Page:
• What role should parents play in creating the guest list?  Mom & Dad will certainly have their own list to bring to the table—and if they are financing your day, it’s especially important to hear out their ideas. But if your parents are driving you bonkers with excess numbers (do you really have to invite your dad’s ten favorite golf buddies?), get creative. Maybe they’ll be willing to whittle down their bridge club from the guest list if you agree to let them host an engagement party for you with those guests instead. It is also important to keep things fair on both sides of the family: if you invite your great aunt Edna, you need to be sure to make a spot for your fiance’s great aunt Gertrude.

Pare down your guest list using the “tiers of priority” trick. Have everyone involved (most likely you and your finance, and both sets of parents) make a wish list of everyone they’d really like to include. Compile the lists. Place immediate family, the bridal party, and best friends/closest family friends on top of the list in tier 1; follow with aunts, uncles, cousins, and close friends you couldn’t imagine not being there. Under that, list your parents’ friends, neighbors, coworkers, and so on in tier 2 and 3, according to the agreed upon level of importance for their attendance. If you can invite everyone, lucky you! If you need to make some cuts, start from the bottom until you reach your ideal number. No matter how carefully you plan, at some point you’ll likely be faced with having to make tough cuts. Before you get out the scalpel and attempt a precise surgical maneuver that might result in seriously hurt feelings, take another look at the list. Chances are, you’ll find pockets of guests―for example, your mom’s book club―who can be deleted as a group.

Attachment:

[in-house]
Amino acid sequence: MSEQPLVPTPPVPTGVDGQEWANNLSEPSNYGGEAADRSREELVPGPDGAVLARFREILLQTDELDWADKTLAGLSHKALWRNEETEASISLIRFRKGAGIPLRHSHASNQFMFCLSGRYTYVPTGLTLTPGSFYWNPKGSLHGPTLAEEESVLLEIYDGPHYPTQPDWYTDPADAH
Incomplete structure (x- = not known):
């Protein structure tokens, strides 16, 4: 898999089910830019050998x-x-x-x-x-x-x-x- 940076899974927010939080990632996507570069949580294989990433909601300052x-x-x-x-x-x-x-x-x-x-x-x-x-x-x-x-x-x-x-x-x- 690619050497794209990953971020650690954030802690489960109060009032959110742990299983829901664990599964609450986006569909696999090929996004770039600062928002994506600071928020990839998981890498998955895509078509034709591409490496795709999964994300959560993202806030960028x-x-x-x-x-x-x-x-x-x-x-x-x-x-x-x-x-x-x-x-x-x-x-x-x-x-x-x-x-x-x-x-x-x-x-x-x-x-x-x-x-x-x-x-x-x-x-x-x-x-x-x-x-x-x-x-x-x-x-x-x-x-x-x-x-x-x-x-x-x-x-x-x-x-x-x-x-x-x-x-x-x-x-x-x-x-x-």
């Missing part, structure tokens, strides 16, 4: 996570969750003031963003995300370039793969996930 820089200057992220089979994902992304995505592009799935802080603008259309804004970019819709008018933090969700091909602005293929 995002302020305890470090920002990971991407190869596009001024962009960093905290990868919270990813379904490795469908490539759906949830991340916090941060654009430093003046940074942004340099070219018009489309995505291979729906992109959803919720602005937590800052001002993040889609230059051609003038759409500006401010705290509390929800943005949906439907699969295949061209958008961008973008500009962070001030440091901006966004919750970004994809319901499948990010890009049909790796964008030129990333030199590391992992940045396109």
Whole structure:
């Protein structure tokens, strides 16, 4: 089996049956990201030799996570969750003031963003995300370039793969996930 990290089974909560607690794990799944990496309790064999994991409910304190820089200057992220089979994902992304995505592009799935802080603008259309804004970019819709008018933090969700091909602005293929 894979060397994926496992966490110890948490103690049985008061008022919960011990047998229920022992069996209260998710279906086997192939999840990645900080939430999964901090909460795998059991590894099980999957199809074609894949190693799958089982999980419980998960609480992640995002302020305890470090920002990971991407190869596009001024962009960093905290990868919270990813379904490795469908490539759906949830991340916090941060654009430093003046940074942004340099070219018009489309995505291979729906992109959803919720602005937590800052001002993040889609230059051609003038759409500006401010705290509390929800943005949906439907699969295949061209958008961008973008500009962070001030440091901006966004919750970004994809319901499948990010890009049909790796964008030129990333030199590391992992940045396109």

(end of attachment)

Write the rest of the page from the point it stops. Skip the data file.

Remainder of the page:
Plus Ones
It is extremely helpful to predetermine (as a couple) firm rules about who gets to bring a date. It can be agonizing figuring out how to make the cut off point seem fair for everyone. The general rule is that you must invite any significant others who live together or who have been a known couple for a long time. Even if neither of you have ever met your college roommate’s boyfriend, if they’ve been together four years, it’s tacky not to “and guest” him. On the other end, you can tell all your friends up front that you’re not inviting any significant others that aren’t already engaged unless they get a ring before your wedding date. You could instead nix adding an “and guest” to any guest who has been dating someone less than a year/six months (you determine how long); or decide that everyone will get a plus one regardless of their couple status or how long they have been in a relationship. No matter what you and your fiance determine, make it a blanket rule and apply it to everyone across the board.

Children As Guests
We recently wrote an entire blog devoted to helping brides navigate including children in their wedding day; you can find that here. It is important to note that if you are on “Team Kiddos” and choose to include children in your guest list, that generally children aged 12 and over are counted as “adults” for catering purposes, so be sure to remember that when estimating costs.

We hope these suggestions prove helpful in creating the perfect guest list for your special day!

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Photo credit: Alejandro Escamilla via Unsplash.com